Improving lives through invention

Invention Roundup: Three Inventors Who Are Designing a More Inclusive World

To commemorate International Day of Persons with Disabilities, we’re spotlighting inventors whose work is redefining what it means to be included and reshaping the world so it’s accessible to all.

Millions of people live with some form of disability. According to the World Health Organization’s World Report on Disability, 15 percent of the global population experiences some level of temporary or permanent impairment. Whether their disability is visible — because they are in a wheelchair, for example — or not immediately apparent, people with disabilities face many barriers to inclusion.

These can be physical or communication barriers, or attitudinal in the form of stigma or exclusion, that interfere with access to vital services or employment. In the U.S., for example, only 19.3% of persons with a disability were employed in 2019, according to the U.S. Bureau of Labor Statistics.

To raise awareness around disability, the United Nations commemorates International Day of Persons with Disabilities every year on December 3. It also serves as a call to action for the need for more accessibility and to fight against exclusion.

Invention can be a vital part of the solution, creating new forms of assistive technology. But from wheelchairs to smartphones, innovation has sometimes lagged behind when it comes to addressing the needs of those with disabilities. This week we’re spotlighting three AAAS-Lemelson Invention Ambassadors who are inventing and advocating for improved accessibility.

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At the University of Florida, award-winning computer scientist Juan Gilbert has developed open source voting technology that has made civic participation more inclusive. Called Prime III, the voting system provides different operation modes for the same universal device to accommodate all voters regardless of mobility, vision, hearing or other impairments.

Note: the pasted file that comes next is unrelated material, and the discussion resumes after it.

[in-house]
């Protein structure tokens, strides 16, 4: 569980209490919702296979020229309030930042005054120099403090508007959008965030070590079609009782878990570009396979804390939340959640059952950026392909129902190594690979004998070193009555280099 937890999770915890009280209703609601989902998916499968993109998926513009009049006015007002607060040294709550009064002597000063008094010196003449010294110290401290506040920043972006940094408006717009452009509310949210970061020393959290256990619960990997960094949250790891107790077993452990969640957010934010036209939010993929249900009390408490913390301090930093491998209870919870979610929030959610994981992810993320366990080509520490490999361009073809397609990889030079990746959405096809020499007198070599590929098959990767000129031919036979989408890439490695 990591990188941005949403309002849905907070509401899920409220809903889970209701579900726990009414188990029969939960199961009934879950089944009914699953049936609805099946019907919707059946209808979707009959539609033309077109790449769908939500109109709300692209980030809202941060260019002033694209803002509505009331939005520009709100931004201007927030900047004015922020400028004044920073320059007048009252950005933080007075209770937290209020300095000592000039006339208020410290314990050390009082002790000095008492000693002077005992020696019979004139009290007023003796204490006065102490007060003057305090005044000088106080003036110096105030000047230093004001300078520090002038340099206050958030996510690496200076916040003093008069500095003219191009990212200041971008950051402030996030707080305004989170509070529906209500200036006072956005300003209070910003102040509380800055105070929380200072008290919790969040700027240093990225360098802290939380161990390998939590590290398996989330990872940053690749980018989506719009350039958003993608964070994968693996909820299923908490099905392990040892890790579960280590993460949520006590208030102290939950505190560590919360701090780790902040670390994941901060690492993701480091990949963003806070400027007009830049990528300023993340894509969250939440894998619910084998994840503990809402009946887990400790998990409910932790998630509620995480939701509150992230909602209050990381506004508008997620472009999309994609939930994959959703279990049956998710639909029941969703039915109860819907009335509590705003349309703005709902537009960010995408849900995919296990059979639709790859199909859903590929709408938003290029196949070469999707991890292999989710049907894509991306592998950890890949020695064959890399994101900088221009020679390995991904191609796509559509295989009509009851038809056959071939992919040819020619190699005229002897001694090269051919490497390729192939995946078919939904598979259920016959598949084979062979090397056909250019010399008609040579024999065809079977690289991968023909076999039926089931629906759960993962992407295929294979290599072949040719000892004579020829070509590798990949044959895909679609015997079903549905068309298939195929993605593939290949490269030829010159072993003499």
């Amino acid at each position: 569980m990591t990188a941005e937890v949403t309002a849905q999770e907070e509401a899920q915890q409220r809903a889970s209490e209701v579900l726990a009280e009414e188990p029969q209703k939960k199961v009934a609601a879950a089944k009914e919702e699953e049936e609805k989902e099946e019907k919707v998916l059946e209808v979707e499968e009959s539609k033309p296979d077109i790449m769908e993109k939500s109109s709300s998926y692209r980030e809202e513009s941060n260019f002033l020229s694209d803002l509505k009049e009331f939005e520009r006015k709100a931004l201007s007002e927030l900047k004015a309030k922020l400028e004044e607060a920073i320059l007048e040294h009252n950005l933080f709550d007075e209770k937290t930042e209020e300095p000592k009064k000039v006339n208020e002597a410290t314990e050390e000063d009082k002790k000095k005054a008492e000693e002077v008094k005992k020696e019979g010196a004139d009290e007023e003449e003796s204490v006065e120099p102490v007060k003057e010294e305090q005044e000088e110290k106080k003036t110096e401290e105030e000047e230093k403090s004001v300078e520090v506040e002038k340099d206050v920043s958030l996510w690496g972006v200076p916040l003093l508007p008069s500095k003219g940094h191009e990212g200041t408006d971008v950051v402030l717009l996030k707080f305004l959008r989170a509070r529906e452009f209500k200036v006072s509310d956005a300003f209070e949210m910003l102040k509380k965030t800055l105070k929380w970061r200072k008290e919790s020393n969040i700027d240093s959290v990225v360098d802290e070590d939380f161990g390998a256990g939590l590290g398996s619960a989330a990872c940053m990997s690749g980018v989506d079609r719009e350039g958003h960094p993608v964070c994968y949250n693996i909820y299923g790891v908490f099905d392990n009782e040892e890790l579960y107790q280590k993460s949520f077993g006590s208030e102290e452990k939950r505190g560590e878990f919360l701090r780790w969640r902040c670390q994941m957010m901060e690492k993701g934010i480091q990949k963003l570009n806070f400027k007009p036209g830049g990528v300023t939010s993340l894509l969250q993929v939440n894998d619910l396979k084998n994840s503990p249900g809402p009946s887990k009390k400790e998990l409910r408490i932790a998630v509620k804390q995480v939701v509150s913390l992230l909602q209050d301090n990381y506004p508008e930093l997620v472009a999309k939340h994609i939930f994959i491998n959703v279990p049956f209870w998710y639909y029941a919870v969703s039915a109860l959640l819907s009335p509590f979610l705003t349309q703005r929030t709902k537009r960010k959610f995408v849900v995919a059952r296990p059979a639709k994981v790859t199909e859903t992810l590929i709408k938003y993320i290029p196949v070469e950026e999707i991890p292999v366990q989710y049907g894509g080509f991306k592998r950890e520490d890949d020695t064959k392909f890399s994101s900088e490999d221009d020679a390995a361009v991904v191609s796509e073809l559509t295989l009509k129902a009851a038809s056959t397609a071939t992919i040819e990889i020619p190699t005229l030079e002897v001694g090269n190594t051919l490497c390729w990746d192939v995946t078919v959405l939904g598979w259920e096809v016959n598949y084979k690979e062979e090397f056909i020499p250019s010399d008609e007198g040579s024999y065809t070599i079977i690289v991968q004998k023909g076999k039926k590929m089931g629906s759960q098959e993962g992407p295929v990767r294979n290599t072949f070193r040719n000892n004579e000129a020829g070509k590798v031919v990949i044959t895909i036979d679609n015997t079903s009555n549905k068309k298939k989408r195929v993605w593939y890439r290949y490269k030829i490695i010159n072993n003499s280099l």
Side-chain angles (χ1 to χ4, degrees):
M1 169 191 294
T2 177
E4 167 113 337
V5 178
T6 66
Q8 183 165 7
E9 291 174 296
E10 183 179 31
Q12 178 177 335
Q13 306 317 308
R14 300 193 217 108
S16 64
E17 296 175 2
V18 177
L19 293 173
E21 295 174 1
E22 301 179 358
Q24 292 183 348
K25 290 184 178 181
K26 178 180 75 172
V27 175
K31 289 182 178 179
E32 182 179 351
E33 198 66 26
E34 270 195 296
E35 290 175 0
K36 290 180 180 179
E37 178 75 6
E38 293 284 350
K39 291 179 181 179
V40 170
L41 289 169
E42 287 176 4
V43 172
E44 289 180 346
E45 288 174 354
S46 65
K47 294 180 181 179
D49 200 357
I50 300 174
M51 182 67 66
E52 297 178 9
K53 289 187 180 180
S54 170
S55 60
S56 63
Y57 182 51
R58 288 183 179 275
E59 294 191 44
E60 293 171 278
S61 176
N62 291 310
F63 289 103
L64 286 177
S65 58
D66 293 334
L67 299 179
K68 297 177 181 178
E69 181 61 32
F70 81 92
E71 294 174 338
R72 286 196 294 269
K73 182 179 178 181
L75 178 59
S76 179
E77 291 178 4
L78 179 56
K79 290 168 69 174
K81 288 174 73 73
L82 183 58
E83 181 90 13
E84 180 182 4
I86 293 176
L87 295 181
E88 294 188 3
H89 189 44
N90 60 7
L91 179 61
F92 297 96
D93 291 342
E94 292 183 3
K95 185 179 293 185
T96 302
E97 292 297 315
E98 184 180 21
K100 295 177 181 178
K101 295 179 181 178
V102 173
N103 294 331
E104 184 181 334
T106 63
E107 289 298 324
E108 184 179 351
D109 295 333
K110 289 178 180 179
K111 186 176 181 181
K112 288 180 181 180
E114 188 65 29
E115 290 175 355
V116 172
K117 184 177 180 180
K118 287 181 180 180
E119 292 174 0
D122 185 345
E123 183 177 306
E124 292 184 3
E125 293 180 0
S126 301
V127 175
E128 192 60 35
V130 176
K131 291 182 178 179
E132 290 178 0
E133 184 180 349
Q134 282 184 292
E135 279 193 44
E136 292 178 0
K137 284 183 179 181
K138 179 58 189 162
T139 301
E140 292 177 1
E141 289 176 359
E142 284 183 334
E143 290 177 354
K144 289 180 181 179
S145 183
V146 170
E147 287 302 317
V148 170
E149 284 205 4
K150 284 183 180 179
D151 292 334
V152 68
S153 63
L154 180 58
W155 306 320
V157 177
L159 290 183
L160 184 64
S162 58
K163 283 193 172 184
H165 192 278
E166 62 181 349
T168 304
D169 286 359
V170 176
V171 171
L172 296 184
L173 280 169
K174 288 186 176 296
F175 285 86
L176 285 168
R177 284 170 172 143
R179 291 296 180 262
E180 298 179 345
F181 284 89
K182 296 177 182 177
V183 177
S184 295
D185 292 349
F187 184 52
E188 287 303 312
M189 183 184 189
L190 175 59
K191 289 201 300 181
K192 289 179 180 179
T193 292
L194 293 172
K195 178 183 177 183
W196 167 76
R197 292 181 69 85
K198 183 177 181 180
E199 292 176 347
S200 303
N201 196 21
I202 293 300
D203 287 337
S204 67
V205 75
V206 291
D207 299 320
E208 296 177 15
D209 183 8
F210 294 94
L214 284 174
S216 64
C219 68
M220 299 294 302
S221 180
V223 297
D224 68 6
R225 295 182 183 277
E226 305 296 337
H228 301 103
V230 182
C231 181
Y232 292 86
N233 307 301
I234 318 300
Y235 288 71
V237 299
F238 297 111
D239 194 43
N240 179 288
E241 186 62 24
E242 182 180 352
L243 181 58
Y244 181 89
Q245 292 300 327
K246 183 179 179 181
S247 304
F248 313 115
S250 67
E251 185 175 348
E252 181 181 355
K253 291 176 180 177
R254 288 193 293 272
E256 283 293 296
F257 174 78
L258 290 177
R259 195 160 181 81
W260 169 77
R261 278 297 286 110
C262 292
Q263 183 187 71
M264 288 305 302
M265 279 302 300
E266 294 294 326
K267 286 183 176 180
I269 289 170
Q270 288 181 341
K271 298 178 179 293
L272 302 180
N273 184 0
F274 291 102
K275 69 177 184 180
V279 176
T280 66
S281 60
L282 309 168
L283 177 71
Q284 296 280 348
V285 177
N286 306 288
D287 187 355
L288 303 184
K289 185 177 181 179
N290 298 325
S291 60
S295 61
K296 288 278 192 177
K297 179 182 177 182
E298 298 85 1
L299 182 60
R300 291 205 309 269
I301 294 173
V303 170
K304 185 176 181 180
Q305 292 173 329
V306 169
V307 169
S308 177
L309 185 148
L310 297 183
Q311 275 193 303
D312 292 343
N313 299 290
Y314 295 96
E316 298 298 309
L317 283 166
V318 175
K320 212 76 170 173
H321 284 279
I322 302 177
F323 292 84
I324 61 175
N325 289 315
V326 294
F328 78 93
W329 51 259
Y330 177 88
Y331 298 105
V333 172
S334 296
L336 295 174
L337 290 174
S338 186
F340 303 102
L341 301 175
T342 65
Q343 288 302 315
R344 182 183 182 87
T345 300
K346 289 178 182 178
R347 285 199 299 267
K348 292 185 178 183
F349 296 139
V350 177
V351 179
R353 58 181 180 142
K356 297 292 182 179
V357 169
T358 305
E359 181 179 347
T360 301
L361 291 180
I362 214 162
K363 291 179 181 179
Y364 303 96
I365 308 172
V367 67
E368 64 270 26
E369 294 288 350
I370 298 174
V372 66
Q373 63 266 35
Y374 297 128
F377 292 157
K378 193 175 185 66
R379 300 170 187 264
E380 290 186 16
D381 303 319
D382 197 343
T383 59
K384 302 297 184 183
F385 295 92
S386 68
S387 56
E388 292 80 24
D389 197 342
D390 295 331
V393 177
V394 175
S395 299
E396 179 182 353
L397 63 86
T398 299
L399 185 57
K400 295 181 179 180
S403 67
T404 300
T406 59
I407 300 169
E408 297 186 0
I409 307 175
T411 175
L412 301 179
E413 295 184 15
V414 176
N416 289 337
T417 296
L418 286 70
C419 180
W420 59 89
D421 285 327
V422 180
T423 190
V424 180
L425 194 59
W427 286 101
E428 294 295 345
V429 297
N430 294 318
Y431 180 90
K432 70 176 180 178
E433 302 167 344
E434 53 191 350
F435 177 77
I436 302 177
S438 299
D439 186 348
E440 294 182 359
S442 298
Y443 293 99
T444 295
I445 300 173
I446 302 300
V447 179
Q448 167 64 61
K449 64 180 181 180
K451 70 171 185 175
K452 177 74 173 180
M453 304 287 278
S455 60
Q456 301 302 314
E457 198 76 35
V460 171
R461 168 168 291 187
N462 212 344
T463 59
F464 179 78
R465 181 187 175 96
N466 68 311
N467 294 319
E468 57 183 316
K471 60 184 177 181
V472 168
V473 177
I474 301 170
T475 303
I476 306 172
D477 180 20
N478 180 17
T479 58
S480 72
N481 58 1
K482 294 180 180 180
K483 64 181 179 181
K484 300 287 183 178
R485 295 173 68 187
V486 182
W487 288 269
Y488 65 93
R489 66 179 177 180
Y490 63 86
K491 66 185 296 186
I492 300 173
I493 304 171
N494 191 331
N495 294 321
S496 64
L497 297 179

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In Washington state, Microsoft program manager Jason Grieves is addressing the digital divide by designing software that makes computers and smart phones easier for everyone, including users who have limited mobility or visual impairment. Born with optical nerve damage in both eyes, Grieves — who holds 11 patents — believes that making technology accessible to not just a few but to many will lead to a more diverse next generation of inventors — who will in turn have the tools they need to change the world for the better.

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And at the University of Pittsburgh, engineer and Paralympic medalist Rory Cooper is working to help veterans and other people with disabilities achieve autonomy, sometimes for the first time in their lives. A veteran himself, Cooper was in a biking accident at age 20 and was paralyzed from the waist down. Since then he has become a pioneer in designing wheelchair and other assistive technology and holds more than 20 patents to date.

Cooper is also a passionate advocate for diversity in all areas, particularly invention. To aspiring inventors, he offers this advice, regardless of differing abilities: Be tenacious. Be part of a diverse network and learn from other people.

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